Those elements that are allowed through are called "the witness of historic Christianity" or "the clear implication of Scripture" or "the obviously reasonable position." Those not allowed through are called "human tradition" or "myths" or "the unbiblical teachings of Rome" or "relics of patriarchy" or "ancient superstition" (even when they are the obvious testimony and practice of all the apostolic communions in the world since the beginning of the Church.) Finally, to the filtered-in elements of real apostolic theological and moral teaching are stapled sundry human traditions like sola scriptura or some theory about predestinarianism or the "perspicuity of Scripture" or the need to speak in tongues or (in the past) the curse on Canaan as a biblical basis for American chattel slavery or (more recently) the glories of homosexuality or abortion.

Of course, as history goes on and at least some sectors in Protestantism allow the centrifugal force of Private Judgment to move them further and further from both Sacred Tradition and (inevitably, given the logic) Sacred Scripture as well, you reach a point where appeals to Scripture as an authority in debate don't matter, since Scripture is, after all, simply the written aspect of Tradition. Sooner or later, it occurs to people trending away from acceptance of Apostolic Tradition to ask, "If I've rejected everything else the Church says, why should I care about its 'holy' writings? I can find a hundred German theologians who say of the supposed 'word of God' what I've been saying of 'Sacred Tradition' all along."

For the present, many (graying) Evangelicals still retain a deep reverence for the sacred writings of Holy Church (though there are some signs that the itch to deconstruct Scripture will wreak enormous damage among those who come to clearly face the choice between the pole in Protestantism that seeks the Apostolic Tradition and the pole that seeks to keep deconstructing until nothing, including Scripture, is left).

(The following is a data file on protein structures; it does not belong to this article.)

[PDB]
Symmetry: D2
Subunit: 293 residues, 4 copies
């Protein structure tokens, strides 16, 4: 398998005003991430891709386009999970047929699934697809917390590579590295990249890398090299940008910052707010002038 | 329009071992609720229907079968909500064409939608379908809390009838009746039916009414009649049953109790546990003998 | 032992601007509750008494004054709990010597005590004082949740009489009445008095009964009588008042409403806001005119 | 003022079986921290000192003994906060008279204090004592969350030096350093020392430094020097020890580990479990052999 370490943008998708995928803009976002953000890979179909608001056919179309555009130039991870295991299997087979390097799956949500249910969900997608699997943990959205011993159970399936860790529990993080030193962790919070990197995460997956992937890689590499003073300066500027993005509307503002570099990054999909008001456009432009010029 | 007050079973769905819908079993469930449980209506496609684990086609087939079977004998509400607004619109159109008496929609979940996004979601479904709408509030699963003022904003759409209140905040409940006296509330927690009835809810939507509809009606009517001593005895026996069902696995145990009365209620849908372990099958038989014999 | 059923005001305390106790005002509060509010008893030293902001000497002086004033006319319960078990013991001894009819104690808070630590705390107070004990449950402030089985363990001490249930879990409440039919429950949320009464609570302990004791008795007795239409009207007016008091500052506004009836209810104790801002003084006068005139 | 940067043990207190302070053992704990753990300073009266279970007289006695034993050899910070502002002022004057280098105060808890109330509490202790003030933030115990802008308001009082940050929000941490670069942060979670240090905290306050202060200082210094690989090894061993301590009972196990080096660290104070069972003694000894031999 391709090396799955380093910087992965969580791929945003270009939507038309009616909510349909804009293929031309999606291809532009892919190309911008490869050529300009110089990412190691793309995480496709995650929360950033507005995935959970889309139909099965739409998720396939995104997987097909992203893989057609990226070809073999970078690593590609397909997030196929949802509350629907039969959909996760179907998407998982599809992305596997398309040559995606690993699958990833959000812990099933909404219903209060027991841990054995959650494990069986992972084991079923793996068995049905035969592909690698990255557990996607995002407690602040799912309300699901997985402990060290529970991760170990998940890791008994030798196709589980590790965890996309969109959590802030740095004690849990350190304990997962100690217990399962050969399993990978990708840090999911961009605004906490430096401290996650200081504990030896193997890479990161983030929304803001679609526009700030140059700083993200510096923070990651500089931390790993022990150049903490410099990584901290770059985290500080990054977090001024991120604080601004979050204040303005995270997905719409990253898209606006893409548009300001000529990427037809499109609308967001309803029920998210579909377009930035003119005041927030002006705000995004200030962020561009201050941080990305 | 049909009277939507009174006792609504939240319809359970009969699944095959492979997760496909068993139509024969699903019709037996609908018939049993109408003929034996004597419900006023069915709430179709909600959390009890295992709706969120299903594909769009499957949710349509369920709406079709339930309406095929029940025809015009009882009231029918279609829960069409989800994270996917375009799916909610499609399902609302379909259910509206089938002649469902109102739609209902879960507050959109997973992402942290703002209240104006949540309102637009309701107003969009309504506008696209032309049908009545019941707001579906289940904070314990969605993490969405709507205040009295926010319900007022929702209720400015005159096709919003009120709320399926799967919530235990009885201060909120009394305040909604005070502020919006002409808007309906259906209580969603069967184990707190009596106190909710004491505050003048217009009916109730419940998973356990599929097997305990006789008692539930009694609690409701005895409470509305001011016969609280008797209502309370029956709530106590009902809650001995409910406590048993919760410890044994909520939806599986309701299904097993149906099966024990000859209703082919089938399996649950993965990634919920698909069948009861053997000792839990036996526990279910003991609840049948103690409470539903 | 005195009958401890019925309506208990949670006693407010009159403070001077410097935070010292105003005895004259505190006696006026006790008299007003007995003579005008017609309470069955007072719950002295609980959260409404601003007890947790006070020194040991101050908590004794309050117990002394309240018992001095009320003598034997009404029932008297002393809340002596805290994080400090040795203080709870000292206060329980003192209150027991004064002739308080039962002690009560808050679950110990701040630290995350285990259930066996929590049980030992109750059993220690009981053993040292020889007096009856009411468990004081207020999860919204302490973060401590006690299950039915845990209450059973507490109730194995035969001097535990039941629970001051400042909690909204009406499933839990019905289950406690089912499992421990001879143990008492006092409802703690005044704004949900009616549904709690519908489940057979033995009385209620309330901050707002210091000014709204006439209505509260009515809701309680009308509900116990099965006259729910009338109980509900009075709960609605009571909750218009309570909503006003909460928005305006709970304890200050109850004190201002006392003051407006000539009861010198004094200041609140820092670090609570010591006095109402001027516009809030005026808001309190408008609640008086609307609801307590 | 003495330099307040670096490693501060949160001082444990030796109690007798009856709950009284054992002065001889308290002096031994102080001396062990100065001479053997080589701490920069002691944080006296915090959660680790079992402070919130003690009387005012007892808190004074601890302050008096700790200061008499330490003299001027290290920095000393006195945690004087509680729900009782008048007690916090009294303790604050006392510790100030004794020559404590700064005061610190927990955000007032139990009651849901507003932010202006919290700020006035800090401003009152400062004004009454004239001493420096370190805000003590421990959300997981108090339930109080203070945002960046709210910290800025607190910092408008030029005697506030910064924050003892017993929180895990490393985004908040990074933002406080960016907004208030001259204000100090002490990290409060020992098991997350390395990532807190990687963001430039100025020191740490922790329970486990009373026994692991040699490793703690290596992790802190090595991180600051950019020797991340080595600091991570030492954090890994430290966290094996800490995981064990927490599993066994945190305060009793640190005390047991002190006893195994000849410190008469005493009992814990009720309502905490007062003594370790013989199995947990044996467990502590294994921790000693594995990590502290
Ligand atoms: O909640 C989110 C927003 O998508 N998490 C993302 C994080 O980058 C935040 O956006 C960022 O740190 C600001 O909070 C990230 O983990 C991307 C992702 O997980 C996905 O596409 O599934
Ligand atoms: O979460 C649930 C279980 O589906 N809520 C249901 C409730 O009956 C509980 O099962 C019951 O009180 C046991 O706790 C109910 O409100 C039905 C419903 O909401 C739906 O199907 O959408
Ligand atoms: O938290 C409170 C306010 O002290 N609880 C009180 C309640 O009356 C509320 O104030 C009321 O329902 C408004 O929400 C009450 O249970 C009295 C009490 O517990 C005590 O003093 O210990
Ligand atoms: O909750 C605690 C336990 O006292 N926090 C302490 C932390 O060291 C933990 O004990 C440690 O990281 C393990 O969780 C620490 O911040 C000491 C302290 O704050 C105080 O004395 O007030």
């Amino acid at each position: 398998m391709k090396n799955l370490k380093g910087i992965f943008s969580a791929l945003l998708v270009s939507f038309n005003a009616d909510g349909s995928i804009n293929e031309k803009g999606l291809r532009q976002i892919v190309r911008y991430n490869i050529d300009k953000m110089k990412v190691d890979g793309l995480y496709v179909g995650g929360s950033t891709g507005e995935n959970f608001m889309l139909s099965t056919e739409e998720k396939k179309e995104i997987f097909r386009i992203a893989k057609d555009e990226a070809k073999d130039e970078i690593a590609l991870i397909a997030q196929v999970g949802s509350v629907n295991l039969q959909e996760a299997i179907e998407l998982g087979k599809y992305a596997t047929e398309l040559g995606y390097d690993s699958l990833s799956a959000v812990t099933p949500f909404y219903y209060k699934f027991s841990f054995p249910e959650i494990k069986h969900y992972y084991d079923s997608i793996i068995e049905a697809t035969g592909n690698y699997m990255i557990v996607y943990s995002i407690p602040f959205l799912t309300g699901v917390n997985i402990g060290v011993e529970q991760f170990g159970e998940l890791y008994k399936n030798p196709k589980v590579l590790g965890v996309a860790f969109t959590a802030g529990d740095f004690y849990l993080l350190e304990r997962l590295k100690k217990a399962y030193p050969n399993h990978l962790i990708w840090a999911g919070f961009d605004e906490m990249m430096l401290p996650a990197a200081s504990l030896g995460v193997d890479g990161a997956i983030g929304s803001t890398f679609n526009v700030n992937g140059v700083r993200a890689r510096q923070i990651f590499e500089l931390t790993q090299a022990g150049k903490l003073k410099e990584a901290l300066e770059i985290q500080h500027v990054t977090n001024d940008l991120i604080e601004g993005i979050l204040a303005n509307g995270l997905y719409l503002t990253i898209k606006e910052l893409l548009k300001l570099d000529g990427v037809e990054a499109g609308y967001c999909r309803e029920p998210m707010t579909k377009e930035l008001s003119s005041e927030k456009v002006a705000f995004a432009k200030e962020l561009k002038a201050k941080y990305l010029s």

For those still in this betwixt-and-between stage, who reverence Scripture and have this conflicted grasp of an Apostolic Tradition coming to them through a semi-permeable membrane, what is needed is a paradigm shift: the realization first of the shell game that is played in order to filter out Catholic traditions according to the preferences of the particular Protestant tradition one adheres to and, second, a willingness to acknowledge the possibility that when this is honestly done, it will be found that no Catholic doctrine -- none whatsoever --actually contradicts Scripture and that all that is essential in Scripture is also essential in Catholic teaching.
That's a terrifying prospect if one has accepted any of the various myths by which the sundry Protestantisms justify the rejection of whichever bits of Catholic teaching they reject. All the myths -- ranging from "I listen only to the Bible alone and not to the traditions of men!" to "I accept Tradition within reason, except that church tradition is never accepted as equal in authority to canonical Scripture; it is always subject to revision provided a scriptural basis can be found" -- are equally doomed if that turns out to be so, which is why those committed to the sundry Protestant schemas require not new information but an alteration of the will: a willingness to consider the possibility that there is no conflict between Catholic Tradition and Scripture and that every apparent conflict is just that -- apparent and not real.
Once that possibility is squarely faced and accepted, the argument for receiving all of Sacred Tradition rather than simply the bits you like can naturally follow in a rather reasonable way. But first, the membrane(s) must go.

Mark P. Shea is a senior editor for
www.CatholicExchange.com and a columnist for InsideCatholic. Visit his blog at markshea.blogspot.com.